Methods for treatment of the human or animal body by
surgery or therapy as well as diagnostic methods
practiced on the human or animal body.
122. • Rights of a patentee include making, using and
exploiting the patented invention in any other way.
• Any person who wants to use the patented
invention has to get the authorization of the
• The duration of a patent is 15 years which may be
extended for a further period of five years if proof is
furnished that the invention is properly worked in
123. Trademark Directive is issued in the country in 1986
with the following objectives in that it helps:-
To centrally deposit trademarks which are used by local
and foreign enterprises to distinguish their goods or
To distinguish the products or services of one enterprise
from those of other enterprises and prevent consumers
from being victims of unfair trade practices;
To provide information on trademark ownership and right
of use when disputes arise between parties;
To provide required information on trademarks to
government and individuals; and
Protection is granted after publication of cautionary notice;
124. • Copyright is protected on the basis of the copyright and related rights proclamation issued
• The proclamation gives protection to literary, artistic and scientific works which include
books, pamphlets, articles, computer programs and other writings;
speeches, lectures, addresses, sermons, and other oral works;
dramatic, dramatic-musical works, pantomimes, choreographic works, and other works
created for stage production;
musical works, with or without accompanying words;
audiovisual works and sound recordings works of architecture;
works of drawing, painting, sculpture, engraving, lithography, tapestry, and other works of
photographic and cinematographic works;
illustrations, maps, plans, sketches, and three dimensional works related to geography,
topography, architecture or science;
derivative works; and
collection of works, collection of mere data (databases) whether readable by machine or
125. • The Proclamation gives protection to:
Works of authors who are nationals of or have their
habitual residence in Ethiopia;
Works first published in Ethiopia; or works first
published in another country and published within
thirty days in Ethiopia;
Audio-visual works whose producer has his
headquarter or habitual residence in Ethiopia; and
Works of architecture erected in Ethiopia and other
artistic works incorporated in a building or other
structure located in Ethiopia.
126. • The author of a work shall be entitled to protection, for his work
upon creation where it is an original work; and written down,
recorded, fixed or otherwise reduced to any material form.
• Quality of the work and the purpose for which the work may have
been created is not taken in to consideration.
• The rights of performers, producers of phonograms and
broadcasting organizations are also protected by law.
• Copyright is protected for the life of the author plus fifty years.
• Fifty years for the rights of performers and producers of sound
Recordings and 20 years for the rights of broadcasting organizations.
128. CHAPTER 5: MARKETING
• The foundation of marketing is exchange.
• The American marketing Association defines a
“The aggregate demand of the potential buyers
for product or a product or services “.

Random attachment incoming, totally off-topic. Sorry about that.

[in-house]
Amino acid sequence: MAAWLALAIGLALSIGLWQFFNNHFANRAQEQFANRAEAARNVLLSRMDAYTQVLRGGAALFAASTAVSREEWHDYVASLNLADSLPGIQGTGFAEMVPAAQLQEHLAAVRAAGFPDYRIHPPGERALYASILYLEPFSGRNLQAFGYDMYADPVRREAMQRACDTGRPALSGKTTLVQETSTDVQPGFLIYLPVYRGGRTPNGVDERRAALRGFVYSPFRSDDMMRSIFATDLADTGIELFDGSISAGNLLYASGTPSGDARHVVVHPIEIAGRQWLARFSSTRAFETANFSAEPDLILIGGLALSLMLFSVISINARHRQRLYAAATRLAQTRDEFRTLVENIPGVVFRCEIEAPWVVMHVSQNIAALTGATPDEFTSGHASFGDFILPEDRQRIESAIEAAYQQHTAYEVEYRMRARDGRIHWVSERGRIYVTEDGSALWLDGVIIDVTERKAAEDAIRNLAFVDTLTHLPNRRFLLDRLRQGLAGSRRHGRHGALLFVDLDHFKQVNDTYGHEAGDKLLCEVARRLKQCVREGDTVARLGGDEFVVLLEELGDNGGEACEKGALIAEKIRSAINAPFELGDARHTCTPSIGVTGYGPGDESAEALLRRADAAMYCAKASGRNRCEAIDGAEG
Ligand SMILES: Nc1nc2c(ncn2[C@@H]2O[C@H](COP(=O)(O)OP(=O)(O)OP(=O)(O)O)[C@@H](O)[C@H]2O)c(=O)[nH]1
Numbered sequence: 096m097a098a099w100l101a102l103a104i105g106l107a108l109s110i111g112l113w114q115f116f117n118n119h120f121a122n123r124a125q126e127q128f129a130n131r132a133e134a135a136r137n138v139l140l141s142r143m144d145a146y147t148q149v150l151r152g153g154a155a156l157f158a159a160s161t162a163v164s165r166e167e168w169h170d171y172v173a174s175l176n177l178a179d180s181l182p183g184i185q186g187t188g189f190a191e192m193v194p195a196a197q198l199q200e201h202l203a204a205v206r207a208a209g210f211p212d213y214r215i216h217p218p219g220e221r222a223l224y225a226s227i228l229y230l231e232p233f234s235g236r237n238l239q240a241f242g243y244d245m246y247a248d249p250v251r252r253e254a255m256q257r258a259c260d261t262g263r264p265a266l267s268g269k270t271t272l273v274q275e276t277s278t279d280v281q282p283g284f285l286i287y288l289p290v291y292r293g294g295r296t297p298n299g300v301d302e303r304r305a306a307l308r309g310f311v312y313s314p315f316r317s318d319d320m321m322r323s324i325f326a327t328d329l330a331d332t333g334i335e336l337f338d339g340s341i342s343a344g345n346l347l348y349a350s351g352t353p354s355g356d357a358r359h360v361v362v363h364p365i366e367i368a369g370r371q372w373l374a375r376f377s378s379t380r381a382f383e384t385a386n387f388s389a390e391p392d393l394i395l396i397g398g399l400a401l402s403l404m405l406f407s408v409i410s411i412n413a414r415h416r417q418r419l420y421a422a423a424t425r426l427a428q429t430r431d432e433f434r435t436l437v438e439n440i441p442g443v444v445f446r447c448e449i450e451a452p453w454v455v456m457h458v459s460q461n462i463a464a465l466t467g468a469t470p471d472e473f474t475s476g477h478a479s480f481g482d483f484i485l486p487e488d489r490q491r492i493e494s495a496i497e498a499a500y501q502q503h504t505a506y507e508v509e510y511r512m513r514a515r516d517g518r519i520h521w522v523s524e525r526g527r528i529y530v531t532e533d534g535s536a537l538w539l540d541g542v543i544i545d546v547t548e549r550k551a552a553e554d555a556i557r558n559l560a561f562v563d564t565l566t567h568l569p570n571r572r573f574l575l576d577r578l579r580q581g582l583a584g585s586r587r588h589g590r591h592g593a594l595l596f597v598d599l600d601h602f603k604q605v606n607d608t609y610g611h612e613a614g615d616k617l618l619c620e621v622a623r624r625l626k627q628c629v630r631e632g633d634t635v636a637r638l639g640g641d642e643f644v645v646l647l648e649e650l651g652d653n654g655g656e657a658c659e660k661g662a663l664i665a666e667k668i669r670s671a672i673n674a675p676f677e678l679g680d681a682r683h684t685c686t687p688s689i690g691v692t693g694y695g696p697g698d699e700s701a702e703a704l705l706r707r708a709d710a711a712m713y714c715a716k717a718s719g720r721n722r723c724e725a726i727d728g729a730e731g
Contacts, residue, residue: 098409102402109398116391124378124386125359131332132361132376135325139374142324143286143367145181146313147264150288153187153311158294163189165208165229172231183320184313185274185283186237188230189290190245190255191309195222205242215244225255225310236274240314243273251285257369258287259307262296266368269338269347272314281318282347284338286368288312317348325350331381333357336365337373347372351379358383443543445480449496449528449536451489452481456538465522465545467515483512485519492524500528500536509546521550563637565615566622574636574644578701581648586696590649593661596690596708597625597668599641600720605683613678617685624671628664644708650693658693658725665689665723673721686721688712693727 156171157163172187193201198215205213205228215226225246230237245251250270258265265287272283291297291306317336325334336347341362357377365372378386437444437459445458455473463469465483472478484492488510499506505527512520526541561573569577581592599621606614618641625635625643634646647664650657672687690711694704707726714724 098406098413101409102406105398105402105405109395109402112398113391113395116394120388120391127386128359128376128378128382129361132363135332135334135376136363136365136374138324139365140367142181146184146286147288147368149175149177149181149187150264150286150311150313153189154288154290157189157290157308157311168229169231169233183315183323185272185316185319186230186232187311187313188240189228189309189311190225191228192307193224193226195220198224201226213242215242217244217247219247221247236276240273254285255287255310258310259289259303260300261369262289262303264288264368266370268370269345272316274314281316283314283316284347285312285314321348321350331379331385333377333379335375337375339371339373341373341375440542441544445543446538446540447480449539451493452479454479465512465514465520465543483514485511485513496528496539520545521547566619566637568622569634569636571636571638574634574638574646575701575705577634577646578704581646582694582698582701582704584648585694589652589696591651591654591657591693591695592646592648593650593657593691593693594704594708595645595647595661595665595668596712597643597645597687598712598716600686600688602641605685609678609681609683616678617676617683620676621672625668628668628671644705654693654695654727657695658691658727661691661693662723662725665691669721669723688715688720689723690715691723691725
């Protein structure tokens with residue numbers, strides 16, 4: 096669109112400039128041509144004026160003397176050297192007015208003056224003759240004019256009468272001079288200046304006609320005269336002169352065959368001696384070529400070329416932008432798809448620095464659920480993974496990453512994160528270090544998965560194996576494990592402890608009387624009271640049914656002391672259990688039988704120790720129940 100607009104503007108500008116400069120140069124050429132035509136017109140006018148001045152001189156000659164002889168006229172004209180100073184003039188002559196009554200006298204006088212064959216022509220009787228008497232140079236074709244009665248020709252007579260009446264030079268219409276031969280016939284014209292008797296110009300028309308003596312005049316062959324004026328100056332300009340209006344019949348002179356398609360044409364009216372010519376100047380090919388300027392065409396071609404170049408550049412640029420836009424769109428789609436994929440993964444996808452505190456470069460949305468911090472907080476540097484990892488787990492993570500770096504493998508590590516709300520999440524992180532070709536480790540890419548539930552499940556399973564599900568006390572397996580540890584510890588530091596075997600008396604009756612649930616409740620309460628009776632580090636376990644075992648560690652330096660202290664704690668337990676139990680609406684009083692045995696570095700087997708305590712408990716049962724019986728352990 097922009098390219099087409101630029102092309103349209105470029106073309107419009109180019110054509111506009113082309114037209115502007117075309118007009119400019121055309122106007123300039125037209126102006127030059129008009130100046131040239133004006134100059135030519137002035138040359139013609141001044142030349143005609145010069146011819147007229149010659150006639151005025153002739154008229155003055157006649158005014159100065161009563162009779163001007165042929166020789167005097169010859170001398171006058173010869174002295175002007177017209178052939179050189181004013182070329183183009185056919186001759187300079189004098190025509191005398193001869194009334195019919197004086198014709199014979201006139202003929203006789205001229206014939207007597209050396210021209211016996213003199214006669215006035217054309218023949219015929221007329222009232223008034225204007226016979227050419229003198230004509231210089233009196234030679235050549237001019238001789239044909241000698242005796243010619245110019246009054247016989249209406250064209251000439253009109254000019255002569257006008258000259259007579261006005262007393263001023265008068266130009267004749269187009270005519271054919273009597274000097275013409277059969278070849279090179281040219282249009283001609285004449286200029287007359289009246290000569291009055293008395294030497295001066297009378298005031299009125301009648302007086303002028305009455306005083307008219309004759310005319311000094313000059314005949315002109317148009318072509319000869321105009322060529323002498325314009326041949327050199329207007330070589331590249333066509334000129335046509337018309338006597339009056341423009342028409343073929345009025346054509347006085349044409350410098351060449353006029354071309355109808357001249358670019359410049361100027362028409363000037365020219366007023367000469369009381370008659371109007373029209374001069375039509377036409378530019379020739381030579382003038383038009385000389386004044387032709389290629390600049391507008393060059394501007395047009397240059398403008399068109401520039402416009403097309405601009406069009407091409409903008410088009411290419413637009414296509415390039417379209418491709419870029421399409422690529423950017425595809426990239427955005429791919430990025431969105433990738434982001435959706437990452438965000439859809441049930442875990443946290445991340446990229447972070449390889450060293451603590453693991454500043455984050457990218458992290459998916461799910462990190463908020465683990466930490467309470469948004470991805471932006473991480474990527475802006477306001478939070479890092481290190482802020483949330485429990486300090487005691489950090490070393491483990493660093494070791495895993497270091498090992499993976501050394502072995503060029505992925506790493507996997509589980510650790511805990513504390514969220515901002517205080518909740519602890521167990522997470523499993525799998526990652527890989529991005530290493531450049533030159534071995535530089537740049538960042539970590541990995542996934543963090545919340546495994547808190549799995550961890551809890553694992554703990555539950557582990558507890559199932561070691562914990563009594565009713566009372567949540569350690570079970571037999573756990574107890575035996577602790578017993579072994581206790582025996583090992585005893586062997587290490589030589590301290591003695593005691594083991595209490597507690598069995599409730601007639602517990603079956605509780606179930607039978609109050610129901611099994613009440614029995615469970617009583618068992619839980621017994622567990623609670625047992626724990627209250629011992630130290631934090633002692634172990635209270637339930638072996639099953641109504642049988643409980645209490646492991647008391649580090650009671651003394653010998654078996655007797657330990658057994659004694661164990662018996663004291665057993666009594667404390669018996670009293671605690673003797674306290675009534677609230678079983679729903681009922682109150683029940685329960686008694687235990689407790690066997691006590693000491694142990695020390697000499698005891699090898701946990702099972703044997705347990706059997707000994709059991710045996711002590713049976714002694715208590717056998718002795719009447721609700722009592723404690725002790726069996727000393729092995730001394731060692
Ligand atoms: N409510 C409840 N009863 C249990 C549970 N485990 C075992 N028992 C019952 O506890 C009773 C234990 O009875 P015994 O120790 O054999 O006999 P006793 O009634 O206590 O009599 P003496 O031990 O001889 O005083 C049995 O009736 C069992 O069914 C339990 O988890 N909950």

• Philip Kotler defines
“A market as an area of potential exchanges”.
• A market is a group of buyers and sellers
interested in negotiating the terms of purchase/sale
for goods or services.
129. Marketing management is the process of planning and
executing, the conception, pricing, promoting and
distributing of ideas, goods and services to create an
exchange that satisfy individual or group objectives
(American marketing Association, 2015).
Marketing is the effort to identify and satisfy customers’
needs and wants.
Marketing answers the following questions:
Who are my customers?
What are my customer’s needs and wants?
How can I satisfy my customers’?
How do I make a profit as I satisfy my customers?
130. 5.3 Core Concepts of Marketing
5.3.1 Needs, Wants and Demand
• Marketing starts with human needs and wants.
• People need food, air, water, clothing and shelter to
Need: - Human Need is a state of scarcity of some
basic satisfaction. Eg. Food, clothing, shelter, safety
and belonging and esteem.
Wants: - Wants are desires for specific satisfiers of needs.
• Human wants are continually shaped and reshaped by
social forces and institutions including churches,
schools, families and business cooperation.
131. Demands: - Demands are wants for specific
products that are backed by ability and
willingness to buy them.
• Wants become demand when supported by
Product: - is anything that can be offered to satisfy
a need or want.
Value: - is the consumer’s estimate of the
products overall capacity to satisfy his or her needs.
• According to DeRose, value is “the satisfaction of
customer requirement at the lowest cost of
acquisition, ownership and use”.
132. Cost: - is the amount of money that are going
to be expended or already incurred to acquire
Exchange: - is the act of obtaining a desired
product from someone by offering something
Transaction: - is the trade of values between
Market: - consists of all the potential
customers sharing a particular need or want
who might be willing and able to engage in
exchange to satisfy their need or want.
133. The kinds of utility that marketing provides in the
process are :
1. Form Utility: is associated primarily with
production- the physical or chemical changes that
make a product more valuable.
• When timber is made into furniture, form utility is created.
2. Place Utility: exists when a product is readily
accessible to potential customers.
3. Time Utility: means having a product available when
you want it.
4. Information Utility: is created by informing future